CoffeeBeer >> Warts & All >> Mediterranean Feast
It was a tantalizing idea: a series of gourmet feasts from around the world shared among a quartet of friends. This noble undertaking was to be a joint effort, each of us contributing our own special dish or two to the evening’s menu. Each month’s feast would focus on a particular spot on the globe: India, Italy, Thailand, Mexico, Japan, Indonesia, Africa. The possibilities were endless: Caribbean, Russian, Cajun, Sicilian, Argentinian, Kenyan, Hawaiian, Maltese, Fijian, Nepalese we could circle round the world in gastronomic ecstasy for years this way.
As the Friday night of our first feast approached we finalized plans and mapped out the logistics. The theme would be Mediterranean and the dinner would be held at Taxiboy and Essexgirl’s house. Q-man and I spent all of Thursday and Friday in preparation. In the midst of a seemingly endless progression of errands we took a break for a pint and a quick reconnoitre of the tasks ahead, sketching out what ingredients we would need for the dishes we would prepare. In our last-minute search for such items as tahini and wild mushroom antipasto we visited three different supermarkets within a ten-mile range.
Returning home we tackled the preparation: while I steamed the courgettes for kolokithákia, a Greek courgette-feta flan flavoured with dill and parsley, I roasted the aubergine for baba ghanouj, a Middle Eastern tahini-based dip. Meanwhile Q-man chopped the ingredients for his superb Greek salad while simmering the Turkish tomato-coconut sauce to be served with grilled sardines. While I painstakingly scraped the seeds from the roasted aubergine, Q-man assembled a scrumptious avocado ghia and prepared his unique Lebanese version of poussin, seasoned with rosemary, garlic, lemon, and pepper.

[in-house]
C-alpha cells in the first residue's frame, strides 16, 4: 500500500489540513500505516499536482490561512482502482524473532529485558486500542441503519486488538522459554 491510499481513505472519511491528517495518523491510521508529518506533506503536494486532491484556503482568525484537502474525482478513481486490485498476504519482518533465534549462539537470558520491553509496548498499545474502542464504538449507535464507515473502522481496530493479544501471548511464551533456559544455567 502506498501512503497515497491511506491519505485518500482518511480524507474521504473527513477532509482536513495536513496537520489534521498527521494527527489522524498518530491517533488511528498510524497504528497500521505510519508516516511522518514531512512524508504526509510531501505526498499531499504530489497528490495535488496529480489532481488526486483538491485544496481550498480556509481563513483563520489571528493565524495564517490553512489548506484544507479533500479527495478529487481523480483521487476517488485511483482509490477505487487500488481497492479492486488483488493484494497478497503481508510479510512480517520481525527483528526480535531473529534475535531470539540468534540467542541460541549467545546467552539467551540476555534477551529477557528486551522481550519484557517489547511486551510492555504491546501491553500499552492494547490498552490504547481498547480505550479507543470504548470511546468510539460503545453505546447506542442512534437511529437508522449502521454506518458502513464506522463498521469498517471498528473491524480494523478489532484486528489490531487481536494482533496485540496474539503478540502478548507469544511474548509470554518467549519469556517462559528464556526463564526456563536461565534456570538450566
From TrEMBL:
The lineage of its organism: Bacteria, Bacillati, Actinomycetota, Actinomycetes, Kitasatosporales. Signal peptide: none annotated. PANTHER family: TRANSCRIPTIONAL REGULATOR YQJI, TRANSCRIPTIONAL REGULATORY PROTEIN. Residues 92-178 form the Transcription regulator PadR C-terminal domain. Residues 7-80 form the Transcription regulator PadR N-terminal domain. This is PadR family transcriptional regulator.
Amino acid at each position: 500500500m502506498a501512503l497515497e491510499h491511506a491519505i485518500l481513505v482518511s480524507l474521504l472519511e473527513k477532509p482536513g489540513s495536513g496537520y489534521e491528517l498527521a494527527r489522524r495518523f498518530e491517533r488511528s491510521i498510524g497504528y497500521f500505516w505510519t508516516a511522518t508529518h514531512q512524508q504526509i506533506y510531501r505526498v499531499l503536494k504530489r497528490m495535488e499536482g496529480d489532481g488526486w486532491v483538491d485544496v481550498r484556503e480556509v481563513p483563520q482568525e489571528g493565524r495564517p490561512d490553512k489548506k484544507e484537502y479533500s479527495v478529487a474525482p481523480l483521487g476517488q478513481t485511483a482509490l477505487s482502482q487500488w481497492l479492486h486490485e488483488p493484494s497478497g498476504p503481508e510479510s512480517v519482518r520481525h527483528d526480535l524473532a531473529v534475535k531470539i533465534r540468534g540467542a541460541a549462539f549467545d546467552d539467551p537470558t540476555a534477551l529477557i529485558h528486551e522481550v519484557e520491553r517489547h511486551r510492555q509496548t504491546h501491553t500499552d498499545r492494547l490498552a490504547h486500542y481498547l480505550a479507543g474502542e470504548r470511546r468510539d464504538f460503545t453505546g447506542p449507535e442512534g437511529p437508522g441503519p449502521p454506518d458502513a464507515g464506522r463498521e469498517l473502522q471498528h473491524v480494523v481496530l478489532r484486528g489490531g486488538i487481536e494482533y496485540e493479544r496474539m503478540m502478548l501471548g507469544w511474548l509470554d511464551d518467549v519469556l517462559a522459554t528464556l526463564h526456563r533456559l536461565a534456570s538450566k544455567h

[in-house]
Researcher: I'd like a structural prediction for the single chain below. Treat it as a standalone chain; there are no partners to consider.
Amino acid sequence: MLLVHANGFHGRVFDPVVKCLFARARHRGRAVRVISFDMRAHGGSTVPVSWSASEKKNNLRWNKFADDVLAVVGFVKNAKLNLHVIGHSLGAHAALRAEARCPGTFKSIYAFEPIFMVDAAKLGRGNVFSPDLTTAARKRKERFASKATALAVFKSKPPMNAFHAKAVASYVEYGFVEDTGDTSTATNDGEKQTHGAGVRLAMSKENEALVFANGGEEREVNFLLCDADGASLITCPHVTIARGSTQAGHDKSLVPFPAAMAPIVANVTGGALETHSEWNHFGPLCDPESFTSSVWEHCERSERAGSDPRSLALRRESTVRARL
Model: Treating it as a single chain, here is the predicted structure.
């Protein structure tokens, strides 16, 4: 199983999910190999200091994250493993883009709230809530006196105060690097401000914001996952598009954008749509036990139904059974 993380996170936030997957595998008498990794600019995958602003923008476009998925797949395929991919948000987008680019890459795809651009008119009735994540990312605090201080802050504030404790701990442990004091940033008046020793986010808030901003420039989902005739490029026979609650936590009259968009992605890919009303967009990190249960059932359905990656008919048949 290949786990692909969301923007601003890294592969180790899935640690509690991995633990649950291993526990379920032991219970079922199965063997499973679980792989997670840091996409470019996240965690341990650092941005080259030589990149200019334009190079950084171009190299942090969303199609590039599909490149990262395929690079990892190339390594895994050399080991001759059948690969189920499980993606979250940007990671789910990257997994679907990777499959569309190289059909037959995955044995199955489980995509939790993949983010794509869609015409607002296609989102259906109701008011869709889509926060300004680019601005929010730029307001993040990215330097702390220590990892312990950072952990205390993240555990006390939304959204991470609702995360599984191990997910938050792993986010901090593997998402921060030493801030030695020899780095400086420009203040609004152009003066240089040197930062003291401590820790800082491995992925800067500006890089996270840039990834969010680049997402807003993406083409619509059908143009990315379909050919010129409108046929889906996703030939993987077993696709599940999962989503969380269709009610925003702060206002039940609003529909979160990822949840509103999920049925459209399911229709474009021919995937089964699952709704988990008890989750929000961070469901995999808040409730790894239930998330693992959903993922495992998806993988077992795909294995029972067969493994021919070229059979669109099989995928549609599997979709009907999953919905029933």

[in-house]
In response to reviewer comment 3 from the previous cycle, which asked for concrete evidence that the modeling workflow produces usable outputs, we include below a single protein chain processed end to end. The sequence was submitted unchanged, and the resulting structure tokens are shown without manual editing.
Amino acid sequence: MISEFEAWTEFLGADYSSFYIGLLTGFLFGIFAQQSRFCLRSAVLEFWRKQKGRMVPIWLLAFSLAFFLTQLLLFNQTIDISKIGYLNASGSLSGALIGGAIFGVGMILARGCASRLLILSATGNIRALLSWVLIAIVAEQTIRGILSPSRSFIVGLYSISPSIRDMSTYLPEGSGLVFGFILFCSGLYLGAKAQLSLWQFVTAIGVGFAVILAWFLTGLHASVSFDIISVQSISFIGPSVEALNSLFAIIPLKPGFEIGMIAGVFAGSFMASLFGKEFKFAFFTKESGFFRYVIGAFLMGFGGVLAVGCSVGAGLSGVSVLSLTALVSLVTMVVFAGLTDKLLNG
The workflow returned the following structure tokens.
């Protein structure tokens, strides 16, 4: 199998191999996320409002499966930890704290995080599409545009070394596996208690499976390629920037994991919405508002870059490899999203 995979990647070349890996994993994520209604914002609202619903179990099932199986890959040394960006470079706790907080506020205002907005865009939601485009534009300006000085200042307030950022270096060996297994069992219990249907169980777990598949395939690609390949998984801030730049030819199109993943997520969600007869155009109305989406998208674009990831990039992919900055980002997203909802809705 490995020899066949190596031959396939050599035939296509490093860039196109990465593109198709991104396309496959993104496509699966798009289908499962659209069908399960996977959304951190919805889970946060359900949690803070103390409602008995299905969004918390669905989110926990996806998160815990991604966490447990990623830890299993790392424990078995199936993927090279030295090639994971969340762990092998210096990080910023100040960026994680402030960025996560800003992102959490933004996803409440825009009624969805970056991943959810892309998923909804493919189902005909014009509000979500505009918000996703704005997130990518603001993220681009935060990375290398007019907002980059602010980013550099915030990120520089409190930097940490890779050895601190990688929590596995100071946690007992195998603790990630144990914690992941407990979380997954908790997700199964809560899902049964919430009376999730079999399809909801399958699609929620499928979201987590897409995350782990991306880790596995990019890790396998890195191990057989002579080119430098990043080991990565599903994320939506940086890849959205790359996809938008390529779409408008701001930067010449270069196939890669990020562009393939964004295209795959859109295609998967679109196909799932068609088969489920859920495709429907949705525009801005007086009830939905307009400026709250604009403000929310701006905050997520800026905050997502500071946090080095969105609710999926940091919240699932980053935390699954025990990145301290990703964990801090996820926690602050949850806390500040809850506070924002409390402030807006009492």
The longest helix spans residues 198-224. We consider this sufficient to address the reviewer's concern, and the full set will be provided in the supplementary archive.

Friday evening arrived. We completed the preparatory cooking, girded our loins, loaded up the car, and headed over to Taxiboy and Essexgirl’s house. We made three dish-laden trips from the car to their kitchen. After a glass of wine and a bit of chat we launched into the first course of our feast, the appetizers: hummus, baba ghanouj, taramosalata, ghia, a selection of olives, and three kinds of pita, all accompanied by plenty of wine. After retreating to the lounge for an hour or two to relax, chat about our week, and revive our appetites we charged into the second course: tossed green salad, Greek salad, Essexgirl’s dolmade-style stuffed peppers, and her falafel patties with tsatsiki. My kolokithákia would have to wait until the main course; along with Q-man’s poussin, the flan hadn’t fully cooked in our unpredictable oven, and both dishes were now simmering in Essexgirl’s oven at Gasmark 2.